The answer is fairly simple: a laser sight is only as good as its consistency. If the bore sighter fits into the barrel in precisely the same position every single time, then it will give you a consistent position to work with. If it doesn’t, then it won’t save you as much time and trouble, which defeats the purpose of the bore sighter in the first place.

EZShoot Bore Sight Kit

The price of EZShoot Bore Sight Kit varies, so check the latest price at

9. StrongTools Caliber-Specific BoreSighters

How good is StrongTools? Good enough to at least end up on this list more than once. If you’re a fan of the in-chamber style of bore sighters then you may want to consider this set. If you buy the whole set, it’s more expensive than buying a universal bore sighter, but StrongTools has done a good enough job with these that it may be worth the accuracy.

StrongTools BoreSighter for 223/9MM/7.62X39MM/30-30/30-06/.25/270/243/308/7MM/ 45ACP Colt Caliber Rifle Scope Handgun Brass Red Dot Boresight Kit for Hunting with AG3 Batteries (Special, Bullet Type)

The biggest drawback to these is that the battery life is apparently quite bad. To the extent that you only get a few minutes of runtime with each set of batteries. Keep that in mind as you prepare to sight in your guns, because you may want to keep the batteries out of the sights while you transition to the next gun just so you don’t have to keep replacing them.

These automatically turn on as soon as they start getting power, and there’s no on/off switch or button to push.

If we’re getting nitpicky, I would have liked to see a sighter for 6.5 Creedmoor or Grendel instead of either the 30-06 or the 30-30. I know there are some who would disagree with me, but it seems like every time I hit the range I see fewer of the 30-’s and more of the 6.5’s.

StrongTools Caliber-Specific BoreSighters

The price of StrongTools Caliber-Specific BoreSighters varies, so check the latest price at

10. EZshoot Bore Sight

Remember that time I said that EZshoot was a StrongTools clone? Yeah, that’s still true, but that doesn’t mean they have bad products. If you’re specifically looking for 9mm, this in-chamber bore sight does an incredible job. Battery life is a little better (but not much), and the laser is nice and bright.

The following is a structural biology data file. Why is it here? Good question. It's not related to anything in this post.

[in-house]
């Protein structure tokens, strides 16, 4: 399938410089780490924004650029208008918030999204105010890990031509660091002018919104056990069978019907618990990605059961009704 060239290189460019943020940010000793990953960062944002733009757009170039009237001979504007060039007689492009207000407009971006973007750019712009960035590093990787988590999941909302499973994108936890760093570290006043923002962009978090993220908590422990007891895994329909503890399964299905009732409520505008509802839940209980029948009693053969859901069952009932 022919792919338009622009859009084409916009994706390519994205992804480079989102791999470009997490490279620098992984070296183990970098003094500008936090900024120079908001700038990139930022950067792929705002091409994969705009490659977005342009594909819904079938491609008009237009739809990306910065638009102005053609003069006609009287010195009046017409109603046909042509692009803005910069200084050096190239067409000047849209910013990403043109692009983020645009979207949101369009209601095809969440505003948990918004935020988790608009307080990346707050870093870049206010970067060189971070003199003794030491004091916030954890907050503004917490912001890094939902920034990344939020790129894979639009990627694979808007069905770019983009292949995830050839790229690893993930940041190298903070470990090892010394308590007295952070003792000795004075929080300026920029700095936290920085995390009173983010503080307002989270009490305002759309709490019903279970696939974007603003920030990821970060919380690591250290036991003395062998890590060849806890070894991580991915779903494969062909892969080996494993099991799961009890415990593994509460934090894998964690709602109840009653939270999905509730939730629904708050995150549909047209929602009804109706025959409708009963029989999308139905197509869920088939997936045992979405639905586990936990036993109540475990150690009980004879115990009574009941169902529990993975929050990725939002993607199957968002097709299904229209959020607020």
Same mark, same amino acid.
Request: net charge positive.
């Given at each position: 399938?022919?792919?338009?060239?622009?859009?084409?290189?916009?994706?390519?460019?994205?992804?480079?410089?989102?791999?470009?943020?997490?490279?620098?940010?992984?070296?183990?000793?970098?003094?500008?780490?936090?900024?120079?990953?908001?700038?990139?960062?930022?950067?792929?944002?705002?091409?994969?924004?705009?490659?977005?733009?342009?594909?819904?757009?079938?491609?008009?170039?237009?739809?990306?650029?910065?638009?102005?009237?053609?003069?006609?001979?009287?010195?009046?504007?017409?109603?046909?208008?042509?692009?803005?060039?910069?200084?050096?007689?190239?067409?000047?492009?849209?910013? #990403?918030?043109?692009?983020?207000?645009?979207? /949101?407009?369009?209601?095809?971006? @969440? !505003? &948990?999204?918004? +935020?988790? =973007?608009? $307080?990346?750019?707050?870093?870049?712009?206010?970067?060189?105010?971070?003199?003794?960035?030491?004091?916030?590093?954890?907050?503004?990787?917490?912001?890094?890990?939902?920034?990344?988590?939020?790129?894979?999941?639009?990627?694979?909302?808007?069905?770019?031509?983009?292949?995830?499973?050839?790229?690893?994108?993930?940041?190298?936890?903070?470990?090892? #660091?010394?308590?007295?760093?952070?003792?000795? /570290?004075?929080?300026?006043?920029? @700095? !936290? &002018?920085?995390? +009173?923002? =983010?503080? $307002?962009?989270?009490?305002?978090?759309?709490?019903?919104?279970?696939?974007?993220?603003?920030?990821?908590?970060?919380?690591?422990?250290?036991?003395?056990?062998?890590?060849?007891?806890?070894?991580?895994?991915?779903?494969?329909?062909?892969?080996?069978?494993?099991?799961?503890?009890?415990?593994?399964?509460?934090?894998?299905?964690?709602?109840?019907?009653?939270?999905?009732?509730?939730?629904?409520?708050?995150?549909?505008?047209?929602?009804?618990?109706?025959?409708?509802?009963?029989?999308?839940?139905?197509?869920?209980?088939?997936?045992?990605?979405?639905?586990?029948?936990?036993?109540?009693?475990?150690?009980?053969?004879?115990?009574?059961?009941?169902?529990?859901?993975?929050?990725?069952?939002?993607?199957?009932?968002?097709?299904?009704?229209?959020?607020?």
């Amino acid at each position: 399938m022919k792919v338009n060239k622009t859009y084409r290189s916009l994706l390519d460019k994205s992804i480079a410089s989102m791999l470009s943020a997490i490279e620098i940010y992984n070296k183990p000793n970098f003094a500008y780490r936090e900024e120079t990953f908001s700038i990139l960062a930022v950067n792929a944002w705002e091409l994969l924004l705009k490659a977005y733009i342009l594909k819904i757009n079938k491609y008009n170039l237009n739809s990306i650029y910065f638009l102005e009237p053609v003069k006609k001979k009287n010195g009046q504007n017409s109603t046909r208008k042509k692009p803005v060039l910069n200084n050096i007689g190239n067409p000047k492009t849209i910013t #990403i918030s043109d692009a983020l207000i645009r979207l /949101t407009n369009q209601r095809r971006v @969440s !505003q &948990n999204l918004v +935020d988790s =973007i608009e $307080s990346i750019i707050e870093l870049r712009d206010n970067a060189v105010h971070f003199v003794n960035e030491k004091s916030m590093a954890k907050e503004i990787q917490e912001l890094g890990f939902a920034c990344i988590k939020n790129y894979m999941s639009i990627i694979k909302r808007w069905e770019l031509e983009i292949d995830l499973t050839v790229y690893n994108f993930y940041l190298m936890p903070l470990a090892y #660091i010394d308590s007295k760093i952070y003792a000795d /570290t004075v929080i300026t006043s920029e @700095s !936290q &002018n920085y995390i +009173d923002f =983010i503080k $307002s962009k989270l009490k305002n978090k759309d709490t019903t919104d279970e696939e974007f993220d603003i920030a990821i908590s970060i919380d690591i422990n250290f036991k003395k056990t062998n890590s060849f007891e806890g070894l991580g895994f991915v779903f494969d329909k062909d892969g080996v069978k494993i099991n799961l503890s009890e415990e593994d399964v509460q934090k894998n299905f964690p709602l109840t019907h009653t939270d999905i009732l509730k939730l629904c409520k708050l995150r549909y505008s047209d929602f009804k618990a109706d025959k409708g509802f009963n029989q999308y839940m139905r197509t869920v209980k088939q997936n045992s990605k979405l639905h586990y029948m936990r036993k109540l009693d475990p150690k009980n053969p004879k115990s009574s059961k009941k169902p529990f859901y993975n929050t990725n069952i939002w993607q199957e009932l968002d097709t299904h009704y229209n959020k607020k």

EZshoot Bore Sight 9mm Laser Boresighter with 3 Sets of Batteries

Like other bore sights in its class, it doesn’t have an on/off switch, so the only way to turn the laser off is to remove the batteries. Unlike some in-chamber options, this guy really fits snugly in the chamber and gives an accurate representation of where the bullet is going to land.

Considering that you won’t be firing handguns at distances nearly as long as rifles, you may wonder whether you need a boresighter at all, but mounting a handgun optic is tricky business and may need a lot of shots to get zeroed in if you don’t start by sighting in to a laser. The choice is yours.

EZshoot makes these in more calibers than just the 9mm, but the reviews on some of them aren’t quite as universally positive, so make sure to double-check the one you want to buy before you pull the trigger.

EZshoot Bore Sight

The price of EZshoot Bore Sight varies, so check the latest price at

11. FSI 5.56 Laser Bore Sight

Well folks, I finally found one. That’s it, I can officially retire now:

I have found an in-chamber bore sight that is not the same color as brass.

Maybe I’m being unreasonable, but I’m willing to look past the fact that I’ve never heard of FSI before, never personally used this boresight before, and that the amazon listing has fewer than 100 ratings. The ratings it does have are good, and simply painting the case a different color is enough to earn some goodwill and trust from me.

223 5.56mm Laser Bore Sight

Granted, some of the photos in the reviews show it as a gold/brass color, so perhaps I’m just being set up for disappointment.

Jokes aside, though, while I haven’t personally used this one, it is performing far better in the reviews than most of the in-chamber bore sights, and it’s cheap enough that as long as it functions even close to properly then it is a good value. If you have reasons not to go with any of the other boresights on this list, then it may be worth considering the FSI. 

It may not be the best .223 bore sight, but it’s a good option to think about.

FSI 5.56 Laser Bore Sight

The price of FSI 5.56 Laser Bore Sight varies, so check the latest price at

Different Kinds of Bore Sights

Essentially you’ll see two different types of bore sights: in-chamber and end-of-barrel. That’s my personal terminology. There may be some more official terms but that’s how I refer to them.